A Stone’s Throw


Scrap trailer in a farm yard

The last four weeks or so have seen a small photography project come together. Using the tintype setting on the Hipstamatic app, the project started as a couple of test images and grew larger, with aspect becoming clear after a revelatory walk through a location barely a mile from where i live. It was a wood, with a public footpath, that I’d never seen before.

We rarely explore around where we live. We become so complacent about our surroundings choosing to explore areas further afield. Many undiscovered ‘lands’ remain within a stone’s throw of our front door and yet we often choose to remain comfortable with the familiar. We can visit another day is often the excuse and that ‘another day’ rarely, if ever, arrives.

The Hipstamatic tintype setting was something I’d wanted to have a go with for ages. When it first came out it used to crash the app every time, however,  no problems now. The tintype has its own quirks with highlights and exposures in very bright light proving to be especially challenging. Several shots didn’t come out well due to the light intensity and a small number of shots needed tidying up in Photoshop – bright highlighted areas produced multi-coloured pixelated areas. The narrow focus area of the photos also takes some getting used to, but gradually you start compensating for it when composing images. I did rather enjoy the fact that you never did quite know how the image would turn out.

Around thirty images from the ‘A Stone’s Throw ‘project can be found in the gallery at :-


A few extra shots are included in the ‘A Stone’s Throw’ Flickr album HERE

The Strong Man Lamp


If there was ever an addiction for the British public, it would be the car boot sale. People go mad for them, search them out, hunt for them. Buyers and sellers.

Maybe that’s the appeal; the car boot offers a modern day thrill of the hunt. Are you looking for a strong man lamp… then it’s your lucky day! Among the junk there is treasure.

It’s true too. I managed at one sale to pick up Don McCullin’s 1979 book ‘Homecoming’ for a pound. Bargain!

The Going Year


I’ve never been much for celebrating the New Year coming in. I think it stems from my parents quiet ambivalence to all the New Year partying. Look back at the old year, take the lessons from it and move onto the new, seems to be as good an option as any.

The photo, by the way, isn’t my ‘best photo of 2013’ as so many photographers seem to do but i suppose it could be seen as a slight reference to the end of the year as we all paddle our kayaks towards the unknown waters on the horizon. Ahem… deep. 🙂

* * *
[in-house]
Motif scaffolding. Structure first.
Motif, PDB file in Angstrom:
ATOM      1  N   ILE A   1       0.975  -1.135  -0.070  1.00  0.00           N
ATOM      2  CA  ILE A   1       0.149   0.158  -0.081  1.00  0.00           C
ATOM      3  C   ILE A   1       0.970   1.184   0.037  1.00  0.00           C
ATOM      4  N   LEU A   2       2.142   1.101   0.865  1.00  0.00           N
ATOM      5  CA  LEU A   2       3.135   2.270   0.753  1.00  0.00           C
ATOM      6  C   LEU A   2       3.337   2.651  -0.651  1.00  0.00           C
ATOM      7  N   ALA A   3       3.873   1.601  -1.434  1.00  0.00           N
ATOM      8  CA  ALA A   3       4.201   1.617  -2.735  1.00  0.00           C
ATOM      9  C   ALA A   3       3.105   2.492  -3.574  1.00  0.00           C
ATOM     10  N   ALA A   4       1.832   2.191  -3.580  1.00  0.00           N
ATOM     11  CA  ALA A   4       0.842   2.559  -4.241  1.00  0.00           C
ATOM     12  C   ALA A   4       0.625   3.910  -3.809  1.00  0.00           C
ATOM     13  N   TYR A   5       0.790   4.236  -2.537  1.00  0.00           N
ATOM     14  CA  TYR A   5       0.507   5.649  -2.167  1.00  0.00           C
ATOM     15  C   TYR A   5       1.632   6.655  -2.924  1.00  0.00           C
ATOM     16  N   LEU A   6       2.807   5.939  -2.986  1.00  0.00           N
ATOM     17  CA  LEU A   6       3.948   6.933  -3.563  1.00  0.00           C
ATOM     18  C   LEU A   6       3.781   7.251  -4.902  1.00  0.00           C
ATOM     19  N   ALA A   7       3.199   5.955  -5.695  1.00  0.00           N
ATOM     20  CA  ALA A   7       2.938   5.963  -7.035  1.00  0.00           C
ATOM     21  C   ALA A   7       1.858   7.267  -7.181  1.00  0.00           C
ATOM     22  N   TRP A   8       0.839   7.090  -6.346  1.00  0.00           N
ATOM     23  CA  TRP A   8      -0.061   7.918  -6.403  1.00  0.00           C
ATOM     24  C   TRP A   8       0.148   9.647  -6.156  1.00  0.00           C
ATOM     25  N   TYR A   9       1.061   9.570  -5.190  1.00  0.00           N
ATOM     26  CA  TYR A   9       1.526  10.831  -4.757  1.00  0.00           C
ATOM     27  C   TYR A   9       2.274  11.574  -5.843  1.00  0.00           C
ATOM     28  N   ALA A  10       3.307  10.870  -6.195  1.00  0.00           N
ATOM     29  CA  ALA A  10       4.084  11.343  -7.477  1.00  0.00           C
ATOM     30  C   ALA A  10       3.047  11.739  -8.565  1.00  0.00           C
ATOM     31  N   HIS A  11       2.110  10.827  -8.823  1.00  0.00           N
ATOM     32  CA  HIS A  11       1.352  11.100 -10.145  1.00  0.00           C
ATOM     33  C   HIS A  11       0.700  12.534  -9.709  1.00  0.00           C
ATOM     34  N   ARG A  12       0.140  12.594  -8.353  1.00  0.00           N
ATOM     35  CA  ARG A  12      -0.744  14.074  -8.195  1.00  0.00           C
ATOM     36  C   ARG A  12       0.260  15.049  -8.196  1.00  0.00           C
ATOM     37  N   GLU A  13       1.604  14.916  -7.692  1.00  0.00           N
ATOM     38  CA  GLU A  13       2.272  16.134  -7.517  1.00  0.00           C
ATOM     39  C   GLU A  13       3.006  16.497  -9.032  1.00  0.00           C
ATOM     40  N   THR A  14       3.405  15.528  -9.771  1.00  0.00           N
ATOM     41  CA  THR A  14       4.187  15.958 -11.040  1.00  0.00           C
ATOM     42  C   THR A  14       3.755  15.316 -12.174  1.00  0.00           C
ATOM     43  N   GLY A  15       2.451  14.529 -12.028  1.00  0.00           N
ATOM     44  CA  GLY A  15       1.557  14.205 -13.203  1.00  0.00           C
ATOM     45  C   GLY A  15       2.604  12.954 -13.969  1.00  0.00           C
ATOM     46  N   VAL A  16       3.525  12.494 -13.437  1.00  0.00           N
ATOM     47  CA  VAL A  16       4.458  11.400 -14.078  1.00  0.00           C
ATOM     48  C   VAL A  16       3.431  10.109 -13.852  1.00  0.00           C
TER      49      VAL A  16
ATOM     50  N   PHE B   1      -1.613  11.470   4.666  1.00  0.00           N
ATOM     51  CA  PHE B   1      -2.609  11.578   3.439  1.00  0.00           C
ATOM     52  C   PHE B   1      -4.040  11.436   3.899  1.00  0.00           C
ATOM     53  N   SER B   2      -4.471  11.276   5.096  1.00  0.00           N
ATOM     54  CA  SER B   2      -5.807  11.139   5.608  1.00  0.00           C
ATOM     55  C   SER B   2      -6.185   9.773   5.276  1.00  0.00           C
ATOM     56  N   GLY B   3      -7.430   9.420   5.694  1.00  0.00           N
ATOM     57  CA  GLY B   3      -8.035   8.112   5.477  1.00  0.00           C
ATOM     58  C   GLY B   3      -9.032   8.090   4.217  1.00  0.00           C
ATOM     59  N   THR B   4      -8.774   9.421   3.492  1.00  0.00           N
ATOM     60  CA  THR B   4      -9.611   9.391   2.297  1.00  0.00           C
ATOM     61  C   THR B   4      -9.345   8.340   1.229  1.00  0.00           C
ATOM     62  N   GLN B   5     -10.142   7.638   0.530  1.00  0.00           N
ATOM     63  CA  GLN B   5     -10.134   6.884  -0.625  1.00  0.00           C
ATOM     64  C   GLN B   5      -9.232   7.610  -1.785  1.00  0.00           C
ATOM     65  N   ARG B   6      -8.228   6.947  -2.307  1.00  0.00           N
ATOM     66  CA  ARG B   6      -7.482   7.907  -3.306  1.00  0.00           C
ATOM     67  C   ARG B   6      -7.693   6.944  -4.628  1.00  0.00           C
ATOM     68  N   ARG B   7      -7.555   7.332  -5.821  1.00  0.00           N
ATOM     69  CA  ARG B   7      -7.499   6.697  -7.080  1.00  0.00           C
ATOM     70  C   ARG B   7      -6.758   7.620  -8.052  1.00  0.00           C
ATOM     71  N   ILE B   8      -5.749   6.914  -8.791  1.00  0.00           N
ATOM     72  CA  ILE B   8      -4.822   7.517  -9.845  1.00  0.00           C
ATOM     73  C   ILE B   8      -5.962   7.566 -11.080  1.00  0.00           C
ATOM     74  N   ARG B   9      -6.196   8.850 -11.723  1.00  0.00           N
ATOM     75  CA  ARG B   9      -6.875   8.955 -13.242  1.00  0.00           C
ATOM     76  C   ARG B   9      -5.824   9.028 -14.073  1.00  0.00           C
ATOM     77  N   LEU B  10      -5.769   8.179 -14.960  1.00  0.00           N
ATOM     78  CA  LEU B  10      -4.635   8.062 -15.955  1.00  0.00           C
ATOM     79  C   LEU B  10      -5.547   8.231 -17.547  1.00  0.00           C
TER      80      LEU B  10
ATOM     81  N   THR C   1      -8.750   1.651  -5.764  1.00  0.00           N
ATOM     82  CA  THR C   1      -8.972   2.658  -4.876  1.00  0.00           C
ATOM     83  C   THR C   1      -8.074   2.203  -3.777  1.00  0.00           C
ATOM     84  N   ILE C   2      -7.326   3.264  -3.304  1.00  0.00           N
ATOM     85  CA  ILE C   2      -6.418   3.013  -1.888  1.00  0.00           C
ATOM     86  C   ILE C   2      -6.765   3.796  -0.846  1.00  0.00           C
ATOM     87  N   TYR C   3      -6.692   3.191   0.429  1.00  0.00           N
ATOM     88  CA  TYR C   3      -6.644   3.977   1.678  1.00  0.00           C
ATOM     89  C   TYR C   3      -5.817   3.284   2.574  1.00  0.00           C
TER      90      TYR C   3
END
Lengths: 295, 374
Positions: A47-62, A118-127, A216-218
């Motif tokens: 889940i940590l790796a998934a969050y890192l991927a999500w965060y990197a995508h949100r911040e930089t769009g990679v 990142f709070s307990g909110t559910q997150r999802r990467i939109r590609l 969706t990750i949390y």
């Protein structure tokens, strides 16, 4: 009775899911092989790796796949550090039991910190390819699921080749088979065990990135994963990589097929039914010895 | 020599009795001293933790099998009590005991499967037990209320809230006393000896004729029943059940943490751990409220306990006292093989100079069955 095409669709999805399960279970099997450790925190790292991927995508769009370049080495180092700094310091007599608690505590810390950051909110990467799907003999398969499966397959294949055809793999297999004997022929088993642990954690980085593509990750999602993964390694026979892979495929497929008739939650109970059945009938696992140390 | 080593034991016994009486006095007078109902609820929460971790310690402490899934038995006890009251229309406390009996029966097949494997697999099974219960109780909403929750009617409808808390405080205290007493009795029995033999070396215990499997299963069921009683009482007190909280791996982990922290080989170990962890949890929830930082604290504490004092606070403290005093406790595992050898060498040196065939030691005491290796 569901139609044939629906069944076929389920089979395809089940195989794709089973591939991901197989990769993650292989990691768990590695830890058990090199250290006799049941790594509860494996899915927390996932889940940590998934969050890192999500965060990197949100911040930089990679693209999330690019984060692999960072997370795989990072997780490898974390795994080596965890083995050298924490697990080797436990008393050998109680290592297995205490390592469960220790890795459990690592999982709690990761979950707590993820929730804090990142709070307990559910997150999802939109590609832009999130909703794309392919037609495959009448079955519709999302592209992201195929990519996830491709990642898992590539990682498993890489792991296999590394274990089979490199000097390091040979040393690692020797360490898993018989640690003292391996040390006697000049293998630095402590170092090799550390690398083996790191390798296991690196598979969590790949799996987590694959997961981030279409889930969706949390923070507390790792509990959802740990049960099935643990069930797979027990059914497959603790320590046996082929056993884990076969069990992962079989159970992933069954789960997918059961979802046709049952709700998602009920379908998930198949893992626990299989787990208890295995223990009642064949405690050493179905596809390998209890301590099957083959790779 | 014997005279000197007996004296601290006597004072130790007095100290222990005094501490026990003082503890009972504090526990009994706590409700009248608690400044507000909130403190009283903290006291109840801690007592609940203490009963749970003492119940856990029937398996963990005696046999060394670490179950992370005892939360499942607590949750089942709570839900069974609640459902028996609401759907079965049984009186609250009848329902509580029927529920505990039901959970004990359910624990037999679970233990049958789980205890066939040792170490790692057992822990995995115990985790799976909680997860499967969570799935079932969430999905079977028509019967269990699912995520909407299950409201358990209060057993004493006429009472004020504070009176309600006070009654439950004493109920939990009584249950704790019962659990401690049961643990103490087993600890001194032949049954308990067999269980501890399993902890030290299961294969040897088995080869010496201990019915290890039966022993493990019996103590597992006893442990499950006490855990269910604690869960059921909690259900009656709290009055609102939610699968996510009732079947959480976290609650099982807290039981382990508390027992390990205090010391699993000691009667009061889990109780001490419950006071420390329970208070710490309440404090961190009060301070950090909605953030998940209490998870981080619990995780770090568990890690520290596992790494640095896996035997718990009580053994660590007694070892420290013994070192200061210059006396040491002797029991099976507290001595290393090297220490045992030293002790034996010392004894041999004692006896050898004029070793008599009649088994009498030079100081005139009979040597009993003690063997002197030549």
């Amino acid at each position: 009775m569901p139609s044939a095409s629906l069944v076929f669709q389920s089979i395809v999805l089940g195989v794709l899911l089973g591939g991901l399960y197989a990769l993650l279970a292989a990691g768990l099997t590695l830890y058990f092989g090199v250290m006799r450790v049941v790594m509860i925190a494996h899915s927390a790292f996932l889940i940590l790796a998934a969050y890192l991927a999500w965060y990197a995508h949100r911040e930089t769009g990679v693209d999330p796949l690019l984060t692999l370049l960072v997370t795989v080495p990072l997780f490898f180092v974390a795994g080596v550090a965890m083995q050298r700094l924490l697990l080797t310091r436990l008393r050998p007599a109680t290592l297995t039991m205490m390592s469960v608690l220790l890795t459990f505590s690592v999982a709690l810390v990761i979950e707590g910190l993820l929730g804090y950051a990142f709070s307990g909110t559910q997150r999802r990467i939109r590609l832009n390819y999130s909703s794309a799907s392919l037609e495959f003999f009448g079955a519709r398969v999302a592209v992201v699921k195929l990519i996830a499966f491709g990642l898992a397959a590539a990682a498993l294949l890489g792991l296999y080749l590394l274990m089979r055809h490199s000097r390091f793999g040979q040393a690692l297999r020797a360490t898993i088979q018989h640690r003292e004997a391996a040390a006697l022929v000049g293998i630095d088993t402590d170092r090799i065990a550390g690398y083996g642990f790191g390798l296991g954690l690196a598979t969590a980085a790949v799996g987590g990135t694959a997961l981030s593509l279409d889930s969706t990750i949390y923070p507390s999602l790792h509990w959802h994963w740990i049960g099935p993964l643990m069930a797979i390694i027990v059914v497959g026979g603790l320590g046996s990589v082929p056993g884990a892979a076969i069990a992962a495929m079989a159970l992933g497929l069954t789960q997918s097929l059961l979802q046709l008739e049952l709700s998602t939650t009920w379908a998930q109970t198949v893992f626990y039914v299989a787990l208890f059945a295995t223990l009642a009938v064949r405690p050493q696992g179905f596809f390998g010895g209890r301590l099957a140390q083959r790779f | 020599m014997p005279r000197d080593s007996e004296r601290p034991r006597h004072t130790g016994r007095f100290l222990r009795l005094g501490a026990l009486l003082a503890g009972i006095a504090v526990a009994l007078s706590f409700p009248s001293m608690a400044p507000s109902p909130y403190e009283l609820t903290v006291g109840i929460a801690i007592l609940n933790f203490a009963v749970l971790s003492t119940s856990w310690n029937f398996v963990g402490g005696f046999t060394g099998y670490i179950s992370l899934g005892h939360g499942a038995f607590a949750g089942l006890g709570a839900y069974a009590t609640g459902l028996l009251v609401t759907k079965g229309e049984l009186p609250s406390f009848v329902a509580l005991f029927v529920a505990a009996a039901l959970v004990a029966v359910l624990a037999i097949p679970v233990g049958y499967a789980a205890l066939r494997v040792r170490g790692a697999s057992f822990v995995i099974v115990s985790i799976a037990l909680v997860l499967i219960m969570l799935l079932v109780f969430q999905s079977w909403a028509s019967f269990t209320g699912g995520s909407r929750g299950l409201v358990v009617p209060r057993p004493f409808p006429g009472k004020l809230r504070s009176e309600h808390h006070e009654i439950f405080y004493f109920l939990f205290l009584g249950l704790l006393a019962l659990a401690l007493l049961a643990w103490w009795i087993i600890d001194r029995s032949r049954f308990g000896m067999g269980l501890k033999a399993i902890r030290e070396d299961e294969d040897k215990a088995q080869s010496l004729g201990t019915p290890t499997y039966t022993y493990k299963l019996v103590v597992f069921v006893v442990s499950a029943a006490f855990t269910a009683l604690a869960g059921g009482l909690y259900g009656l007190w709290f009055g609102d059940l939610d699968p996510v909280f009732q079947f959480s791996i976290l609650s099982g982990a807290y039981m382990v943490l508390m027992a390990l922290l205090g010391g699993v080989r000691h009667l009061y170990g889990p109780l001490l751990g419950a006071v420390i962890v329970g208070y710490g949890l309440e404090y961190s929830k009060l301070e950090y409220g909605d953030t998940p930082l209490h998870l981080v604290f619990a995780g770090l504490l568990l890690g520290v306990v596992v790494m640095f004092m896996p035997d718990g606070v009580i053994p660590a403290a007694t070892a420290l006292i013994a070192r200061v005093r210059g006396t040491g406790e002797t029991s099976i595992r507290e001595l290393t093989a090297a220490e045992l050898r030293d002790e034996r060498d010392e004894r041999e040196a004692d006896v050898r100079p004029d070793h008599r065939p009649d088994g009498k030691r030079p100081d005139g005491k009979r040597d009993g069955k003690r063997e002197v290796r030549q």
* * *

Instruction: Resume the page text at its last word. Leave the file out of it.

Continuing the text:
The weather in Uig, Skye that day was miserable with rain and a ferocious wind battering this group of kayaking rookies who were taking instruction. Only the guy in the lead boat seemed to be comfortable in the constant rough swell of the waves. The others had a rather stiffer technique which seemed to be a combination of intense concentration mixed with mild terror. You couldn’t help but admire them as they battled the elements.

My big find of 2013 was chess. I used to play many years ago and after buying a set up in Skye, i found that my passion for the game came back. Professional photography can be quite a intense business at times and i find that chess provides a welcome escape away from the thought processes of work. Photography can become all-consuming if you let it.

So finally I’d like to finish this final post of 203 with a thank you to everyone who follow the blog or reads the posts. It is very much appreciated. Next year i will try and post more regularly. I certainly want to try and use Pressgram more than i have.

Have a happy, peaceful and prosperous 2014.

Stalking Seagull


This guy was lucky that the wooden pallet was there to stop this aggressive bird from taking his fish. The bird made several attempts to get at the food but each time backed off at the last minute, uncertain of how he would escape if he did get the food. All the time he was doing this, the poor tourist guy was keeping a watchful eye on his hungry stalker.

Aggressive seagulls come from people feeding them. The most aggressive I’ve ever come across were at Conwy, Wales back in 2003. where waves of brash, delinquent seagulls would literally mob you and try and snatch the food out of your hand using fly-by attacks.

It was annoying and also quite scary as the birds were quite big – probably from being so well fed. The easiest thing was to wrap up the food and dash for the car making you feel like you were in a scene from Alfred Hitchcock’s classic film ‘The Bird’s’.

More images from last month’s trip to Scotland can be found HERE